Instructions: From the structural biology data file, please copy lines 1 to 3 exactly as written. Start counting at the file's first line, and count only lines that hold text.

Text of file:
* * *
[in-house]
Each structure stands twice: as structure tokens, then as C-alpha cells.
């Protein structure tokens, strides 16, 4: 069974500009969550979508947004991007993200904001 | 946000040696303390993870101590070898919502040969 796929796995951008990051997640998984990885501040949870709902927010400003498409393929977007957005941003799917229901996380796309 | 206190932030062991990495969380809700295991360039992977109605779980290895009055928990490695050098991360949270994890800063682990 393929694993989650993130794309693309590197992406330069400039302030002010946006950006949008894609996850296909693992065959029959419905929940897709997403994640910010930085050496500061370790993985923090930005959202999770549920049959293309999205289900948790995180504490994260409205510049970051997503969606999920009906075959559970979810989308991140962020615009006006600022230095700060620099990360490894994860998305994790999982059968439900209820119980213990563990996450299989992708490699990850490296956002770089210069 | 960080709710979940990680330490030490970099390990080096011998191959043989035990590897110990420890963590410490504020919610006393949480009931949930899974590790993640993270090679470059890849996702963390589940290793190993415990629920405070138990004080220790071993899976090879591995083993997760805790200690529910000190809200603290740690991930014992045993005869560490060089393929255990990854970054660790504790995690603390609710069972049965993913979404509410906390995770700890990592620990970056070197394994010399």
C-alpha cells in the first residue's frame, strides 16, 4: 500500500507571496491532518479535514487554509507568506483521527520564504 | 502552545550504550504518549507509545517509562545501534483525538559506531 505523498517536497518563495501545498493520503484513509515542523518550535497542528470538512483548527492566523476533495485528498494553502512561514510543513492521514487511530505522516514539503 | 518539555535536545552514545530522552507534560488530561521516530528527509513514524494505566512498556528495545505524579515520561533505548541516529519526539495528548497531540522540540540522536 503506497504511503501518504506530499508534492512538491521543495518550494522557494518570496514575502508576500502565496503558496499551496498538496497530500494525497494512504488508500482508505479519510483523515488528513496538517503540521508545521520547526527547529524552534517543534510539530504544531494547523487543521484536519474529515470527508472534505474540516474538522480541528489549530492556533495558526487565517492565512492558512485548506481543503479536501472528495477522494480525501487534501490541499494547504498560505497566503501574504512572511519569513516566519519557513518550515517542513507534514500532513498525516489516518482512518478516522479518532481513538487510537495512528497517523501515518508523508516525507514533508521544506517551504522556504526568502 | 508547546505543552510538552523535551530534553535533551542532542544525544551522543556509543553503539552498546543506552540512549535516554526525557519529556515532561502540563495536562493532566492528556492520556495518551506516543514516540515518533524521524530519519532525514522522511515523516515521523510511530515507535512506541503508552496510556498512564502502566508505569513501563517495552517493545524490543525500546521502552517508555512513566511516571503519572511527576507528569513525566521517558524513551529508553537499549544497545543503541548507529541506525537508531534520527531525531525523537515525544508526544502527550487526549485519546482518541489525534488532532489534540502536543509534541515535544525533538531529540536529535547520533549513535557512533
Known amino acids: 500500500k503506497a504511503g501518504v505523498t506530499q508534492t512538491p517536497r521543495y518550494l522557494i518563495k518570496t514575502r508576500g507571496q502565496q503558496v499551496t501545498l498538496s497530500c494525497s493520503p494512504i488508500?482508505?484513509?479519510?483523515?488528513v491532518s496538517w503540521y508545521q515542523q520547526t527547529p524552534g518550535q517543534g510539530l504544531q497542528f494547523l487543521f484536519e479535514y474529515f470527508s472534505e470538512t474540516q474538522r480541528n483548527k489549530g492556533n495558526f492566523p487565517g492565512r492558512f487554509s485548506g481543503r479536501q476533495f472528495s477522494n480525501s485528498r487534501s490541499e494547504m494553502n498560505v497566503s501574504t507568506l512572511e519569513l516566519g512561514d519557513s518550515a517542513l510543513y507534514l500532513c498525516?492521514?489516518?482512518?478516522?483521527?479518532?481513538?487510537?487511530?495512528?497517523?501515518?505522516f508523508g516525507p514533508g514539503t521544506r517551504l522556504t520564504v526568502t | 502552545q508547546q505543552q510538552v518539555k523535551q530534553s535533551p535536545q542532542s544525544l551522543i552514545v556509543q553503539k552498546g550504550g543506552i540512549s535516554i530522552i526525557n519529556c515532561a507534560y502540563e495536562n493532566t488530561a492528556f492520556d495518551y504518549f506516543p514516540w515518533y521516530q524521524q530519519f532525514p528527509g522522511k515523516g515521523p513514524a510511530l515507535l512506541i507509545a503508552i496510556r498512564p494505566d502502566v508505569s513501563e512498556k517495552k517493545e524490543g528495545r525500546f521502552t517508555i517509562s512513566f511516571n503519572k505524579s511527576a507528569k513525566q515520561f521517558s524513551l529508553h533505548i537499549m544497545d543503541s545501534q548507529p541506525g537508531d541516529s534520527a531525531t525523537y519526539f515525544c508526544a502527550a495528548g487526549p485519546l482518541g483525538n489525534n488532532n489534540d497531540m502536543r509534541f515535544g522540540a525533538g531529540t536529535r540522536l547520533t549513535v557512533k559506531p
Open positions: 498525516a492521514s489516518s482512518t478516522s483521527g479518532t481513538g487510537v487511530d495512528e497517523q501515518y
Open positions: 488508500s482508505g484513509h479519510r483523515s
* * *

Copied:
[in-house]
Each structure stands twice: as structure tokens, then as C-alpha cells.
């Protein structure tokens, strides 16, 4: 069974500009969550979508947004991007993200904001 | 946000040696303390993870101590070898919502040969 796929796995951008990051997640998984990885501040949870709902927010400003498409393929977007957005941003799917229901996380796309 | 206190932030062991990495969380809700295991360039992977109605779980290895009055928990490695050098991360949270994890800063682990 393929694993989650993130794309693309590197992406330069400039302030002010946006950006949008894609996850296909693992065959029959419905929940897709997403994640910010930085050496500061370790993985923090930005959202999770549920049959293309999205289900948790995180504490994260409205510049970051997503969606999920009906075959559970979810989308991140962020615009006006600022230095700060620099990360490894994860998305994790999982059968439900209820119980213990563990996450299989992708490699990850490296956002770089210069 | 960080709710979940990680330490030490970099390990080096011998191959043989035990590897110990420890963590410490504020919610006393949480009931949930899974590790993640993270090679470059890849996702963390589940290793190993415990629920405070138990004080220790071993899976090879591995083993997760805790200690529910000190809200603290740690991930014992045993005869560490060089393929255990990854970054660790504790995690603390609710069972049965993913979404509410906390995770700890990592620990970056070197394994010399």